Roads can be arteries that ferry goods and people, connect communities and markets and bolster economic development.
But if they’re not well-planned, they can instigate conflict, saddle countries with debt and open the door to environmental destruction, according to a new study published Monday.
Globally, some 25 million kilometers (15.5 million miles) of paved roads are set to be built in the next three-and-a-half decades. Yet, until now, there have been few studies on the economic, social and environmental risks of roads.
“None of the research is completely focused on integrating all three of these sectors,” said Mohammed Alamgir, an environmental scientist at James Cook University in Cairns and the lead author of the new study.
We are not saying that you can’t build a road. The issue is where can you build the road for the greatest economic outcome.
Mohammed Alamgir, environmental scientist, James Cook University
He and his colleagues pulled together the available research on the effects of road building and uncovered a disconcerting pattern. They reported their findings in the journal Current Biology.
“There’s this kind of insidious dynamic of systematically overestimating the benefits and underestimating the costs,” said William Laurance, a tropical ecologist at James Cook and one of the paper’s authors, in an interview.
The impacts of a road tend to ripple through an ecosystem. As people move in, they mine the earth, hunt wildlife and cut down trees, potentially destroying habitat, decimating species and affecting important ecosystem services like the provision of clean water.
Laurance led a team in 2014 that discovered that nearly 95 percent of deforestation in the Brazilian Amazon takes place within 5.5 kilometers (3.4 miles) of roads or 1 kilometer (0.6 miles) of rivers. But the public debate often justifies these environmental risks with the progress that is assumed will follow.
For example, planners often don’t account for the long-term costs that come with road construction. Laurance and his team found that maintenance costs could amount to 10 to 20 percent per year of the initial price tag for the road, quickly swamping any economic benefits with unanticipated costs.
Maintaining roads is particularly tough — and expensive — in tropical rainforests, where big swings in seasonal water levels and deluges of rain test the strength of a road’s construction.
The authors point out that planned roadways through wet tropical forests, such as the Trans Papua Highway in Indonesian New Guinea and Malaysia’s Pan Borneo Highway, face the challenge of cutting through steep terrain. That heightens the risks of flooding, mudslides and slumping of the road, all of which would be costly to repair.
Corruption and a lack of transparency during the construction process also drive up the price of many road projects. One study demonstrated that nearly a quarter of the costs from a set of 600 road construction projects in Indonesia “could not be explained.”
Tropical ecologist Fritz Kleinschroth, who was not involved in the research, studies the impacts of roads in Central Africa. He called this paper a “useful overview of the risks of road projects in the tropics” and agreed that looking at the entire lifespan of a road is something that most planners just don’t do.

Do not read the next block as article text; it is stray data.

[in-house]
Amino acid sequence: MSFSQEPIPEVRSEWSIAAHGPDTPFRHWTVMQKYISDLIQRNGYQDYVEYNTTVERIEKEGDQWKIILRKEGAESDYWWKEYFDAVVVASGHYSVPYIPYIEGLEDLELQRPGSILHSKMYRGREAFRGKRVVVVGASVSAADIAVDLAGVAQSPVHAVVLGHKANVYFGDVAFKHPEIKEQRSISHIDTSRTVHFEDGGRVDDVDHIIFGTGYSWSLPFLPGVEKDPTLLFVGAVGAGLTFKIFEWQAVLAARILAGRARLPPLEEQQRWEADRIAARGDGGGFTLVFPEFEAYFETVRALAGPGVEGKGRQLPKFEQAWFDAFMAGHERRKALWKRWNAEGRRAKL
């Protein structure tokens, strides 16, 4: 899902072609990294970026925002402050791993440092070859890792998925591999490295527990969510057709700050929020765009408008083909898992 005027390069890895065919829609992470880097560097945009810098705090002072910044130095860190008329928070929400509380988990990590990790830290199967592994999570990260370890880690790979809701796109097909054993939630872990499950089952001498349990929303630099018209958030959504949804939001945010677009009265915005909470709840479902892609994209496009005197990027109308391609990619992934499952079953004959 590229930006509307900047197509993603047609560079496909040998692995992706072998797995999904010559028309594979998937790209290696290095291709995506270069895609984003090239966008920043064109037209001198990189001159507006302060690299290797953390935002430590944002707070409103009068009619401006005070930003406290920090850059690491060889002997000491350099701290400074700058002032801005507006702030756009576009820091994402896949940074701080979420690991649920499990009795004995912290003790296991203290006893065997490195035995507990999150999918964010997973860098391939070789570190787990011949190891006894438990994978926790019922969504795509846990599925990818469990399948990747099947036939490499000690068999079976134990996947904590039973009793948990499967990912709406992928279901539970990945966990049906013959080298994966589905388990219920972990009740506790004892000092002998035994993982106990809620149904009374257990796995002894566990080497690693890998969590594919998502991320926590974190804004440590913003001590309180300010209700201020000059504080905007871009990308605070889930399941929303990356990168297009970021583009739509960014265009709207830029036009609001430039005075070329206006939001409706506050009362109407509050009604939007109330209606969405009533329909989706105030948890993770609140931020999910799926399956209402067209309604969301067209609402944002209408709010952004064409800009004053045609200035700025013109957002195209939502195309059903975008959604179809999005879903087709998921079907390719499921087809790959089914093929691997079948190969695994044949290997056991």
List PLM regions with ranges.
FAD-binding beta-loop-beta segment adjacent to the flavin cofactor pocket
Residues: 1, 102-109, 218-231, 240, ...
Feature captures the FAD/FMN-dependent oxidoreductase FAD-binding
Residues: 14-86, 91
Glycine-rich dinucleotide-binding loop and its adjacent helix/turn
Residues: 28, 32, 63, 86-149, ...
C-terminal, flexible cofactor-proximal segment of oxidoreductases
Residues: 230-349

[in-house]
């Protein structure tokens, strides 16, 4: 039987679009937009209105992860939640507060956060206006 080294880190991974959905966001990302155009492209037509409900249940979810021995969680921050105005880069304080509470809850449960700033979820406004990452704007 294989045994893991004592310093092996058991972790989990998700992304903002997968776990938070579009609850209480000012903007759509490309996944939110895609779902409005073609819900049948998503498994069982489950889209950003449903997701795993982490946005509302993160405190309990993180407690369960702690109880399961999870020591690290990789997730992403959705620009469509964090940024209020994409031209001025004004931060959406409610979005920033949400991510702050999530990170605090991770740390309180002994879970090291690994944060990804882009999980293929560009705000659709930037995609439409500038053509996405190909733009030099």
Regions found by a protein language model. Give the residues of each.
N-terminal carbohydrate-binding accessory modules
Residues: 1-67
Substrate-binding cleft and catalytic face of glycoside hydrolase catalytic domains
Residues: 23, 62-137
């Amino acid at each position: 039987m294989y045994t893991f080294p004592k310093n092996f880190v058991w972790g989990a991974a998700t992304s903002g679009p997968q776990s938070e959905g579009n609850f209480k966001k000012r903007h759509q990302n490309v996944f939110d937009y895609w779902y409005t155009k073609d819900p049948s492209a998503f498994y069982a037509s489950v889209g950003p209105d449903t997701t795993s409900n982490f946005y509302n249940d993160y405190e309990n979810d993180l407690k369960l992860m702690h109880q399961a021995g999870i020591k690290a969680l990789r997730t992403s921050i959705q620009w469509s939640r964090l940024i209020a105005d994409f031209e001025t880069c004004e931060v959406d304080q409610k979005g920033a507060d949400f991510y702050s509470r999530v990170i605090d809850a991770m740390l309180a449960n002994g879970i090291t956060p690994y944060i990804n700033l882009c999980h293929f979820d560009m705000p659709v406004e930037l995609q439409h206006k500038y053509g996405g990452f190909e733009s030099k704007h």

“Very often, there’s a big investment coming in, and they build a beautiful new road across a deserted landscape,” Kleinschroth said in an interview. “But no one takes care of the maintenance. Give it 10 or 20 years, and the road will not be usable anymore.”
In cases where maintenance does happen, the country’s citizens typically end up footing the bill.
“A lot of this ends up as public debt,” Kleinschroth said. While a few people might benefit at the outset of these projects, “The general population is losing, short-term and long-term,” he added.
The province of Aceh in Indonesia has had to come up with $15 million annually to protect communities against floods that have resulted from the deforestation that accompanied road building there, according to a study that the team cites.
“One of the points we’re trying to make is just cold, hard economics,” Laurance said. While they seem like they would be profitable, he added, “You really quickly realize they’re not.”
At the same time, he and his colleagues know that, in many places, a lack of good roads can keep people under the yoke of poverty.
“These are nations that need to develop,” Laurance said. The resulting “narrative” around road building is often about “fast-tracking” projects and “accelerating” growth.
But by creating a more deliberate process and pinpointing the best locations, the team argues that the roads that will be built are more likely to benefit the public.
“Definitely, one approach in our research has to be very clear,” Alamgir said. “We are not anti-development.”
Kleinschroth echoed the importance of differentiating between risky and beneficial roads. “Rather than fighting all roads in the world, we should focus on the ones that have the most detrimental effects,” he said.
To encourage what Laurance’s team calls “smart development,” they make their data available online through a project called Global Road Map.
There, they’ve identified the places where roads would help boost the economy but drive the least amount of environmental damage, resulting in maps showing the most promising — and the most potentially destructive — spots for road construction on Earth. They are also sharing their message with officials, conservationists and other scientists across Southeast Asia and equatorial Africa.
“We are not saying that you can’t build a road,” Alamgir added. “The issue is … where can you build the road for the greatest economic outcome.”
This story was published with permission from Mongabay.com. Read the full story.
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